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Party Like Its 1998

Eleven years ago, America was witness to one of the greatest baseball seasons it had ever seen. Two of the game’s best sluggers were racing towards the single season home run record set in 1961 by New York Yankee, Roger Maris. I was a 15 year old Cubs fan living in Central Illinois.

The two-man home run chase between Cardinals 1B Mark McGwire and Cubs OF Sammy Sosa didn’t really start until the month of June when Sosa hit 20 home runs to catch up to the pace set by McGwire. From then on the two sluggers battled back and forth hitting moon shot after moon shot.  McGwire deposited his bombs into Busch Stadium’s ‘Big Mac Land’ and Sosa would literally his out of Wrigley Field and on to Waveland Avenue.

At every stop between June and September McGwire and Sosa talked to the media about the race to break Maris’s record. Sosa, in particular, showed a youthful excitement about the whole experience and talked about how the two were pulling for each other to break baseball’s most hallowed record. McGwire was always a man of few words and rarely showed much emotion on or off the diamond, but this experience caused him to come out of his shell as the season progressed, almost as if he was encouraged by Sosa’s joyful exuberance.

Fittingly, McGwire broke the record of 61 home runs by hitting his 62nd blast against the Sosa’s Chicago Cubs on September 8th, 1998 in Busch Stadium where he was embraced by a smiling Sammy Sosa after rounding the bases.

McGwire finished the season with 70 total home runs.  Sosa still did beat Maris’s original mark of 61 and finished with 66 round trippers. The MLB season of 1998 was filled with fantastic drama and in the process managed to pull the league out of the slump it fell in to following the 1994-1995 labor strike.  The 1999 season had its fair share of stories as well.  McGwire and Sosa once again put up amazing home run numbers (McGwire: 65, Sosa: 63).  The fates of the two great sluggers would soon take turns for the worse.

McGwire then had 2 injury riddled seasons and retired from the game of baseball in October of 2001.

Sammy did manage to hit 64 home runs in 2001 but he then slowly declined over the next 5 seasons. He left Chicago in 2004 on very rocky terms and then had one awful season with the Baltimore Orioles and one semi-productive season with the Texas Rangers.

Everything changed early in 2005 when the then crazy and now very credible Jose Canseco released his book ‘Juiced.’  This literary masterpiece made numerous steroid allegations which were thought of as impossible and humorous at the time (it turns out that Canseco wasn’t crazy, most people he named in the book have been caught doping.).

This was followed by circus inspired joke of a Congressional hearing regarding steroids in baseball in 2005. Sammy Sosa, who was the media’s best friend and was so eager to talk to anybody with a pulse in 1998, apparently came down with a rare airborne disease which makes the victim forget how to speak any and all English. McGwire on the other hand truly felt the perceived side effects of his alleged steroid use where he showed less cajones than a post-op gelding.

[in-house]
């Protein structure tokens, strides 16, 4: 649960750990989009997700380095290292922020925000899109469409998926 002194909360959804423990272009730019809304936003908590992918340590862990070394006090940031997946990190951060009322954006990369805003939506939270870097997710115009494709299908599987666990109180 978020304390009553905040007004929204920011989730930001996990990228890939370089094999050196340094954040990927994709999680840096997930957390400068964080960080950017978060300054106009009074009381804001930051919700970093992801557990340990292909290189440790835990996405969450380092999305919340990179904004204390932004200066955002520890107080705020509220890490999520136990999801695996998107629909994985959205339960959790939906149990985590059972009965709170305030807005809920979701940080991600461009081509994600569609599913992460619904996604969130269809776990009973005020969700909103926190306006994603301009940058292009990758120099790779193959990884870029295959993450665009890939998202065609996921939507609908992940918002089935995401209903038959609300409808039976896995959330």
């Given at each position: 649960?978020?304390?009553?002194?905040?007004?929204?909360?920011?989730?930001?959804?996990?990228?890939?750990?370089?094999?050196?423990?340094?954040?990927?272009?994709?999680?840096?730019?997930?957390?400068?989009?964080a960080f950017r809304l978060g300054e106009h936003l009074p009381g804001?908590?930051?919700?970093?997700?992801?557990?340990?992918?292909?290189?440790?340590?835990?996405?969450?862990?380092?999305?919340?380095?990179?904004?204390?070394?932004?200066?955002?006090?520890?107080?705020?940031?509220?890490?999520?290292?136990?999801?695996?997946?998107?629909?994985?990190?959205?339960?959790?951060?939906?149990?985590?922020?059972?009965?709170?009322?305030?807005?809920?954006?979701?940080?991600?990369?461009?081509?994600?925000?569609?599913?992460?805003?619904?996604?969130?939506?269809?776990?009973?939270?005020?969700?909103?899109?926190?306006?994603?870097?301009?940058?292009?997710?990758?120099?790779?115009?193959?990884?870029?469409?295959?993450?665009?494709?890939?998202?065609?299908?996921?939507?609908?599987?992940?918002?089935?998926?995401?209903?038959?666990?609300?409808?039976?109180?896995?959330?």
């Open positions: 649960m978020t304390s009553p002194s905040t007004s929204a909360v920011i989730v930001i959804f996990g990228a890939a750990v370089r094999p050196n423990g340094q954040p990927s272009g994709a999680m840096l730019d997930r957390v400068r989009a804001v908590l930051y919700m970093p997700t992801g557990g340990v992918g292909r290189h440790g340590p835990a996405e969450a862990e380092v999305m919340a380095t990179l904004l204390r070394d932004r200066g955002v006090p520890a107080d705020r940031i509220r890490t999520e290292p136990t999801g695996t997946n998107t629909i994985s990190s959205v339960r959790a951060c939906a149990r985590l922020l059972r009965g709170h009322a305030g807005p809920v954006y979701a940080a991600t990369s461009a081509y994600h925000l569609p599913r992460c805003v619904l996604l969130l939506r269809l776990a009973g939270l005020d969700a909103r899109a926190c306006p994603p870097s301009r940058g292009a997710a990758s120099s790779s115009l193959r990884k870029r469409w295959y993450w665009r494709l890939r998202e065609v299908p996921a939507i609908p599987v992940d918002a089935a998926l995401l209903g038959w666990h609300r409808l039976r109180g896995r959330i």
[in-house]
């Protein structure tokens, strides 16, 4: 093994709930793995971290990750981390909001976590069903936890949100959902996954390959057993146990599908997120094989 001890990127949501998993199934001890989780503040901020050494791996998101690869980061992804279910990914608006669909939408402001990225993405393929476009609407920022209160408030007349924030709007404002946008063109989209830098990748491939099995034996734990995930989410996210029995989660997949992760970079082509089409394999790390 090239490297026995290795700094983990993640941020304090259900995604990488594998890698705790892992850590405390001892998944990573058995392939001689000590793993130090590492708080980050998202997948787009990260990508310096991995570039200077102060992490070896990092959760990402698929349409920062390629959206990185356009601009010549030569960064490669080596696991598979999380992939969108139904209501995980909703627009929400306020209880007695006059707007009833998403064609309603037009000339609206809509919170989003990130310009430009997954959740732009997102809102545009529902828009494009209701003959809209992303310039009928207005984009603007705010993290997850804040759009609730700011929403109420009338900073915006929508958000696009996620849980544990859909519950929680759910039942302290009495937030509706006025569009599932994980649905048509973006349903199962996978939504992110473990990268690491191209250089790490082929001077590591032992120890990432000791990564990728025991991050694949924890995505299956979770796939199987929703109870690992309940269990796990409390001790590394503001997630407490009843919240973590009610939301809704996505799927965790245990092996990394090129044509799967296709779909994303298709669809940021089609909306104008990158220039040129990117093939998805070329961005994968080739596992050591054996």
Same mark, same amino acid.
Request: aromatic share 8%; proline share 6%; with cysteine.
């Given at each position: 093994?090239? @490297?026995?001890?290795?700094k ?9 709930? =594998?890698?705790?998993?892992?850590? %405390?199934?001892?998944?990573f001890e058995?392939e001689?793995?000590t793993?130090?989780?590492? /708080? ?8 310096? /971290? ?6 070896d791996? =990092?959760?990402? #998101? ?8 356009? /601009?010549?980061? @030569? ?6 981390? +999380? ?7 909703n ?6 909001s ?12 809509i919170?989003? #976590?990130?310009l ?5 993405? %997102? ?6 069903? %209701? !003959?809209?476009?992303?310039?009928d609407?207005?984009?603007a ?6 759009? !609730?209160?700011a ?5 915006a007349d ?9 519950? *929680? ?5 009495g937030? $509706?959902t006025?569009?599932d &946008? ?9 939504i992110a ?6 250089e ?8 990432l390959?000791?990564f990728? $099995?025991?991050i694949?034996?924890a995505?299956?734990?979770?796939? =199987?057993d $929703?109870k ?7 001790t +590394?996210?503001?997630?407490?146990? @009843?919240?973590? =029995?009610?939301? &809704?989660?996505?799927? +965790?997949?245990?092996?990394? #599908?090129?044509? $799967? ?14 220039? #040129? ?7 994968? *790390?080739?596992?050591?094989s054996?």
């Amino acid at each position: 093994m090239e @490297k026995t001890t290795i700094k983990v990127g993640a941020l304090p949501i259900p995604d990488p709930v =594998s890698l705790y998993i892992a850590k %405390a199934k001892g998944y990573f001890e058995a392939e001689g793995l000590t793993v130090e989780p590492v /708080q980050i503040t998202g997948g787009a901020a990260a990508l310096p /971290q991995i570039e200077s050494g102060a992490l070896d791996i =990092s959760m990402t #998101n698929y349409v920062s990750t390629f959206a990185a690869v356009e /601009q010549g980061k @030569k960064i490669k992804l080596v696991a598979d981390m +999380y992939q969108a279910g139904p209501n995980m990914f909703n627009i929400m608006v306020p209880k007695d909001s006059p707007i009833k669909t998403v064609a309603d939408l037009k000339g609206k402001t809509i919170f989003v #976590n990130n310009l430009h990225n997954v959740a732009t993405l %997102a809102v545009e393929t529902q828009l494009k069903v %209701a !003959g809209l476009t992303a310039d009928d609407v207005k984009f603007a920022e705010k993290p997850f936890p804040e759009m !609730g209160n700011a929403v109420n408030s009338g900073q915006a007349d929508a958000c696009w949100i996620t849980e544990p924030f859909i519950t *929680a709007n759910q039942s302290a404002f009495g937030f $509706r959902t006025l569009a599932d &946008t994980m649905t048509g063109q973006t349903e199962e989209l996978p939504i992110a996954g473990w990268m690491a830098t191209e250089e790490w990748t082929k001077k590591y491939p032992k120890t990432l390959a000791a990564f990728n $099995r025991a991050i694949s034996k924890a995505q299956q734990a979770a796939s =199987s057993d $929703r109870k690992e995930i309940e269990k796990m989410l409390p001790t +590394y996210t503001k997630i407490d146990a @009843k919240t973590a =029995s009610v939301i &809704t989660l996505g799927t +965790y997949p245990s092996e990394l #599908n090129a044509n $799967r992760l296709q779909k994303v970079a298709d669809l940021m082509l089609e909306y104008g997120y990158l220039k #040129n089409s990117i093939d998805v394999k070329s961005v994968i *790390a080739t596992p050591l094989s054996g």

McGwire, who promised Congress that he would be a spokesperson against steroid use by young athletes, fell of the face of the planet for four years until he was announced in October as the the hitting coach for the St. Louis Cardinals for the 2010 season. This was a shock to the baseball community as McGwire has avoided the spotlight to stay away from questions regarding his steroid usage.  McGwire will not be able to dodge these questions any longer and Cardinals manager Tony LaRussa said that he “will not hide McGwire from the media.”

Sosa on the other hand, retired from baseball for good after the 2007 season and has laid low until recently. In November, Sosa graced the front page of http://www.yahoo.com and became the punchline to several joke when he not only showed up to an event looking white dude or a very poorly portrayed vampire.  Sosa looked bad, like Michael Jackson bad.

He was also on the list of 103 formed MLB players who tested positive for performance enhancing drugs in the early 2000’s.  Outside of baseball he was recently sued in his native Dominican Republic for $203,000 over a house sale gone awry.

Sosa and McGwire were on top of the world and well on their way to the Baseball Hall of Fame in 1998. Bad choices and a lack of communication by both men has turned them into constant targets to media and fan scrutiny. I am a Cubs fan and loved the years that Sammy sprinted out to right field and hopped after every single monster home run he smoked onto Waveland or Sheffield Avenue (In his later years it was broadened into a hop for all occasions, even fly balls to left field.).

As for McGwire, regardless of your allegiance he was a joy to watch.  McGwire would blast baseballs stupid distances into the stratosphere like the ‘moon cheat code’ on Triple Play 2000.

One wonders whether or not we will ever see anything like the summer of 1998 ever again. If so, will we ever be able to watch it with the same appreciation that we did that amazing summer?

  1. December 13, 2009 at 9:53 am

    I think you make an interesting point about experiencing the same atmosphere again. I have to reflect back upon the 60s of the baseball era. Think about the games we still hear about, think about the plays we hear about (i.e. Willie Mays’ over the shoulder catch). There were always be historic chases but typically not season after season. My question is do you think Dimaggio’s 56 game hit streak will ever be beaten?

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